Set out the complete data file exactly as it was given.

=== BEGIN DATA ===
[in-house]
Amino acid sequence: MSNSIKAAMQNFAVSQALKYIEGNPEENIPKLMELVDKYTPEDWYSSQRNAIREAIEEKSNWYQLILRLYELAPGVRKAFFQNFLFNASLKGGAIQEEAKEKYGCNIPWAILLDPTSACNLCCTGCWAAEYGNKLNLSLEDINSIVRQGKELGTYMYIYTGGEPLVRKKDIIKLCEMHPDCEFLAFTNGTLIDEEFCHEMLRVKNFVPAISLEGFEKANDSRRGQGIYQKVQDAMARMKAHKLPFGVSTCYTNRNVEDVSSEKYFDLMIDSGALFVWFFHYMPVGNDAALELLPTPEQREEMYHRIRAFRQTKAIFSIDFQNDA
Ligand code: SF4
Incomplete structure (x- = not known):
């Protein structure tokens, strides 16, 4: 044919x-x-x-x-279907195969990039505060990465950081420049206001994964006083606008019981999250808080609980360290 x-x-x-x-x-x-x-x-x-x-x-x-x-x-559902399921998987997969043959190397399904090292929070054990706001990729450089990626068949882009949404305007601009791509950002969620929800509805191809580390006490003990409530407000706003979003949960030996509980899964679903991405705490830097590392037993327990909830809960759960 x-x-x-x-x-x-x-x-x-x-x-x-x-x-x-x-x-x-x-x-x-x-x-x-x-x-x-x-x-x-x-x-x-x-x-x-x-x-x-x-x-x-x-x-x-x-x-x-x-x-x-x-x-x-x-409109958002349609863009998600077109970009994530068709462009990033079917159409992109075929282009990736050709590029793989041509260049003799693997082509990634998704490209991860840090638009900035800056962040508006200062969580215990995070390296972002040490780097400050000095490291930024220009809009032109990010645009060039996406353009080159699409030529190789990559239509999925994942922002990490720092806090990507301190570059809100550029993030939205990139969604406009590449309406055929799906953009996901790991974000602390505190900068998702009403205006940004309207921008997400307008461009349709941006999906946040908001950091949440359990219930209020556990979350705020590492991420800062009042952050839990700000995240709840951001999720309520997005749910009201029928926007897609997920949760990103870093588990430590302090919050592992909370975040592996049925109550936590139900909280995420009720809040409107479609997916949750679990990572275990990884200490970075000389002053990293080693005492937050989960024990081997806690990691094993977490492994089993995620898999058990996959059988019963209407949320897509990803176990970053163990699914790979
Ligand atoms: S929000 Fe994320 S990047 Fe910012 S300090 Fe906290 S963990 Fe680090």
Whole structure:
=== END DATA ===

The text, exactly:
[in-house]
Amino acid sequence: MSNSIKAAMQNFAVSQALKYIEGNPEENIPKLMELVDKYTPEDWYSSQRNAIREAIEEKSNWYQLILRLYELAPGVRKAFFQNFLFNASLKGGAIQEEAKEKYGCNIPWAILLDPTSACNLCCTGCWAAEYGNKLNLSLEDINSIVRQGKELGTYMYIYTGGEPLVRKKDIIKLCEMHPDCEFLAFTNGTLIDEEFCHEMLRVKNFVPAISLEGFEKANDSRRGQGIYQKVQDAMARMKAHKLPFGVSTCYTNRNVEDVSSEKYFDLMIDSGALFVWFFHYMPVGNDAALELLPTPEQREEMYHRIRAFRQTKAIFSIDFQNDA
Ligand code: SF4
Incomplete structure (x- = not known):
């Protein structure tokens, strides 16, 4: 044919x-x-x-x-279907195969990039505060990465950081420049206001994964006083606008019981999250808080609980360290 x-x-x-x-x-x-x-x-x-x-x-x-x-x-559902399921998987997969043959190397399904090292929070054990706001990729450089990626068949882009949404305007601009791509950002969620929800509805191809580390006490003990409530407000706003979003949960030996509980899964679903991405705490830097590392037993327990909830809960759960 x-x-x-x-x-x-x-x-x-x-x-x-x-x-x-x-x-x-x-x-x-x-x-x-x-x-x-x-x-x-x-x-x-x-x-x-x-x-x-x-x-x-x-x-x-x-x-x-x-x-x-x-x-x-x-409109958002349609863009998600077109970009994530068709462009990033079917159409992109075929282009990736050709590029793989041509260049003799693997082509990634998704490209991860840090638009900035800056962040508006200062969580215990995070390296972002040490780097400050000095490291930024220009809009032109990010645009060039996406353009080159699409030529190789990559239509999925994942922002990490720092806090990507301190570059809100550029993030939205990139969604406009590449309406055929799906953009996901790991974000602390505190900068998702009403205006940004309207921008997400307008461009349709941006999906946040908001950091949440359990219930209020556990979350705020590492991420800062009042952050839990700000995240709840951001999720309520997005749910009201029928926007897609997920949760990103870093588990430590302090919050592992909370975040592996049925109550936590139900909280995420009720809040409107479609997916949750679990990572275990990884200490970075000389002053990293080693005492937050989960024990081997806690990691094993977490492994089993995620898999058990996959059988019963209407949320897509990803176990970053163990699914790979
Ligand atoms: S929000 Fe994320 S990047 Fe910012 S300090 Fe906290 S963990 Fe680090």
Whole structure: